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Muslim community

Muslims form 1.5 percent of all Australians but only 0.2 percent of Tasmanians, nearly two-thirds of them living in Hobart. Ethnically diverse, the community has drawn its numbers from Eastern Europe, West and Central Africa, and largely West, Central, Southern and South-eastern Asia. Saib (Sahib?) 'Jacob' Sultan, a shipwrecked seaman from India, was the first Indian and Muslim to set foot on Tasmania, in 1807. Other shipwrecked Indian Muslims followed him in subsequent years. They received land grants and settled in the Hobart, New Norfolk and Campbell Town regions. Muslim numbers remained small until some arrived as post-Second World War migrants. The process was augmented from the late 1960s, which not only saw an erosion in the traditional European sources of Australian immigration, but also a serious outbreak of the Middle Eastern wars, involving the Arab countries, Israel and Lebanon. Again, in the 1990s, mainly due to wars in the Gulf, Eastern Europe and North Africa, and upheavals in Afghanistan and Iraq, Tasmania saw a nine-fold increase in its Muslim population.

The late immigration of the bulk of Muslims is reflected in the relative younger age of Muslims to other Australians: 72 percent of Muslim are under 35, compared to the Australian average of 54 percent. Australian Muslims, especially their womenfolk, have a lower participation rate in the work force, and their share in the educational and vocational qualifications has also been significantly less.

Islam is as much a system of beliefs as a way of life. In the absence of a church-like organisation overseeing believers' religious life, Muslims have always felt an innate urge to turn to the state, if Islamic, and to their own community. In a non-Muslim state the community life and organisation assumes even a greater importance. In 1968 Muslim students in Hobart founded the first Islamic organisation in this state, the Tasmanian Students Islamic Society, to take care of their general and religious concerns. The need for a broader organisation representing the entire community gave birth to the Tasmanian Muslim Association in 1973, committed to promoting the religious, cultural and social interests of the community, including the establishment of an Islamic Centre-cum-Mosque. The Association was incorporated in 1976 and as the Islamic Council of Tasmania became affiliated to the national Islamic organisation.

The lack of adequate funds long stood between the community and its dream of a purpose-built Mosque. Substantive donations from the Saudi Arabian and Malaysian governments led to its establishment in Hobart. Its location shifted over a period of time, but the efforts of years came to fruition as the new Mosque building in Warwick St became ready for its first Friday prayer in 2004. Muslims in Launceston used a hired church hall at Mowbray. Now all Muslims use the university-provided prayer room at the Launceston campus.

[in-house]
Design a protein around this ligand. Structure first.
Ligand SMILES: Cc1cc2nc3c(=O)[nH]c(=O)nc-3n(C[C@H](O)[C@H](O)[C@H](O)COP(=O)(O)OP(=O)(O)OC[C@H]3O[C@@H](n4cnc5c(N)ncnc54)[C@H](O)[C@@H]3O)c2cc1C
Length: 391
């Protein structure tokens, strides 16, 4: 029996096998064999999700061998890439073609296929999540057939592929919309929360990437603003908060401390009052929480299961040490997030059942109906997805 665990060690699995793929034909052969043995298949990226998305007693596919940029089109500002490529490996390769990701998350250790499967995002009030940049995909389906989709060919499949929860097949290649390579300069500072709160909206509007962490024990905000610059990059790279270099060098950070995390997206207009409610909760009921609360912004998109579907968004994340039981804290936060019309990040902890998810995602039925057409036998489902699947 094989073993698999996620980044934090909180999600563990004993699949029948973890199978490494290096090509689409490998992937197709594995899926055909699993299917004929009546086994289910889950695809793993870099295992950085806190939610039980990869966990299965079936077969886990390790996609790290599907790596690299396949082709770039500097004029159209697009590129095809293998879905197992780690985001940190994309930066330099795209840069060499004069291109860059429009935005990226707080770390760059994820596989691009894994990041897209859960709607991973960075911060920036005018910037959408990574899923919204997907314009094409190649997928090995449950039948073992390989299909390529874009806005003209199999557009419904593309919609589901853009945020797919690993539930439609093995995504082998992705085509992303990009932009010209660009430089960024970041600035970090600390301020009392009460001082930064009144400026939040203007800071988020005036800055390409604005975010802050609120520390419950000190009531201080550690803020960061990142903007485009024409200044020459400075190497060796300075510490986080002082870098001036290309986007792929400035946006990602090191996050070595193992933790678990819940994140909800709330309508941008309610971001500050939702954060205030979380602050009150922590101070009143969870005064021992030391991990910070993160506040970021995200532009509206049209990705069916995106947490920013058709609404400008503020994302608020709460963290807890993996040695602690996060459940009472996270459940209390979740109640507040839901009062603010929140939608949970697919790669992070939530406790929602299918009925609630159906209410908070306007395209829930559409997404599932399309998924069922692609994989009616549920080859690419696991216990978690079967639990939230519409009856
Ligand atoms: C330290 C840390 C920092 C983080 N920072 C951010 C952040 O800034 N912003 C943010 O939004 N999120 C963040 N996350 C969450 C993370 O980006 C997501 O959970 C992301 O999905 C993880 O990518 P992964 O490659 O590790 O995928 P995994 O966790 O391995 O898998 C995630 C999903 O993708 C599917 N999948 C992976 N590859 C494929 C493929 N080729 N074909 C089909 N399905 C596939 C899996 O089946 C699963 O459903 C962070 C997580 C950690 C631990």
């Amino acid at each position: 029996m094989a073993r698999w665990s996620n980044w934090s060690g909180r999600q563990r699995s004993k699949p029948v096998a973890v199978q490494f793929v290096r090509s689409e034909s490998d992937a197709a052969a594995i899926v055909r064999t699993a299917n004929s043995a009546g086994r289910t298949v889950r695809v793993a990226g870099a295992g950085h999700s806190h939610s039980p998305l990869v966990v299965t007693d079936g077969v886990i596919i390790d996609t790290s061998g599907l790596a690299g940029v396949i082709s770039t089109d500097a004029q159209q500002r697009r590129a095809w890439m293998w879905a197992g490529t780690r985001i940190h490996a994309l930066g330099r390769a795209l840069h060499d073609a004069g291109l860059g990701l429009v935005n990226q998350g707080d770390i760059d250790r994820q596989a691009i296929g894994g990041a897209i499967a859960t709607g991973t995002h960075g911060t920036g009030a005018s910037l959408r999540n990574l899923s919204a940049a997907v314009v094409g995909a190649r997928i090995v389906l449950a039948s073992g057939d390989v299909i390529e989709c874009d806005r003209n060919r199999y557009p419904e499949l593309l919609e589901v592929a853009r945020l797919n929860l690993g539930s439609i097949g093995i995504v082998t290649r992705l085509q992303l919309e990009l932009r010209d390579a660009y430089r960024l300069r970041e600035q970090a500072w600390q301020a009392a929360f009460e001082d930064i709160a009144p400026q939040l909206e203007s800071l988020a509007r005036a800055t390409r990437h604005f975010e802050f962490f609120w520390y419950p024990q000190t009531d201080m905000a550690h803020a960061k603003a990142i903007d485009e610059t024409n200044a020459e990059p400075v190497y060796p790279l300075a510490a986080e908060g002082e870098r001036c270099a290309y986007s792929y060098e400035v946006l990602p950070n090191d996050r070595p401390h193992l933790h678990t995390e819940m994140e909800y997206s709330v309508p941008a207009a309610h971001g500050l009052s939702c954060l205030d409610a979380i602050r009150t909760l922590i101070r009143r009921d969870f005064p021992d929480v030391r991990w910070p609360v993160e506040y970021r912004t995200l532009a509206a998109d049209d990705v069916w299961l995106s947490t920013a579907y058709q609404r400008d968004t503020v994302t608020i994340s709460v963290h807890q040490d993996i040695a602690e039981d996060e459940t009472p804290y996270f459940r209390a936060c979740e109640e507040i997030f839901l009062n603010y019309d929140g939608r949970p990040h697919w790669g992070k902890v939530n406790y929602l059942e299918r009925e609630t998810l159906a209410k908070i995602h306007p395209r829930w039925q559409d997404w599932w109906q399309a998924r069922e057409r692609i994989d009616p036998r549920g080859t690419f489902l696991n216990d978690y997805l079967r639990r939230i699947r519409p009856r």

The Tasmanian Muslim Association and Islamic Council of Tasmania assured many objectives of the community, such as a regular Imam as a religious leader; dedicated places for Islamic funerals in burial grounds, and provision of ritually slaughtered (halal) meat, and most importantly, it serves as the focal point for dissemination of Islamic knowledge and education, while there are many pockets of religious instruction in individual Muslim homes. The Tasmanian Muslim Association celebrated its Silver Jubilee in 1998.

General ignorance of Islam and Muslim culture in the wider world, and prejudice exacerbated by terrorism, have presented unprecedented challenge for Muslims as migrants. Other issues, for them, arise from the apparent conflict of a religious culture pitted against a predominantly Christian society and secular laws. The present Imam of the Hobart Mosque appreciates the absence of any serious problems in Tasmania in this difficult time.

Further reading: Department of Immigration and Multicultural Affairs, Statistics Section, Immigration: Federation to century's end, 1901–2000, Canberra, 2001; H Deen, Broken bangles, Sydney: Transworld, 1988; M Jones (ed), An Australian pilgrimage: Muslims in Australia from the seventeenth century to the present, Melbourne, 1993; A Markus, Australian Race Relations, 1788–1993, Sydney, 1994; W Omar & K Allen, The Muslims in Australia, Canberra, 1996; K Rivett, Australia and the non-white migrant, Melbourne, 1975; The people of Tasmania. statistics from the 2001 census, Hobart, 2003; The people of Tasmania, Canberra, 2003; Souvenir, 11 th July 1998 AD. Silver jubilee celebration (1973­1998) of Tasmanian Muslim Association Inc., Hobart, 1998; B York, From assimlationism to multiculturalism: Australian experience, 1945–1989, Canberra, 1996.

Asim Roy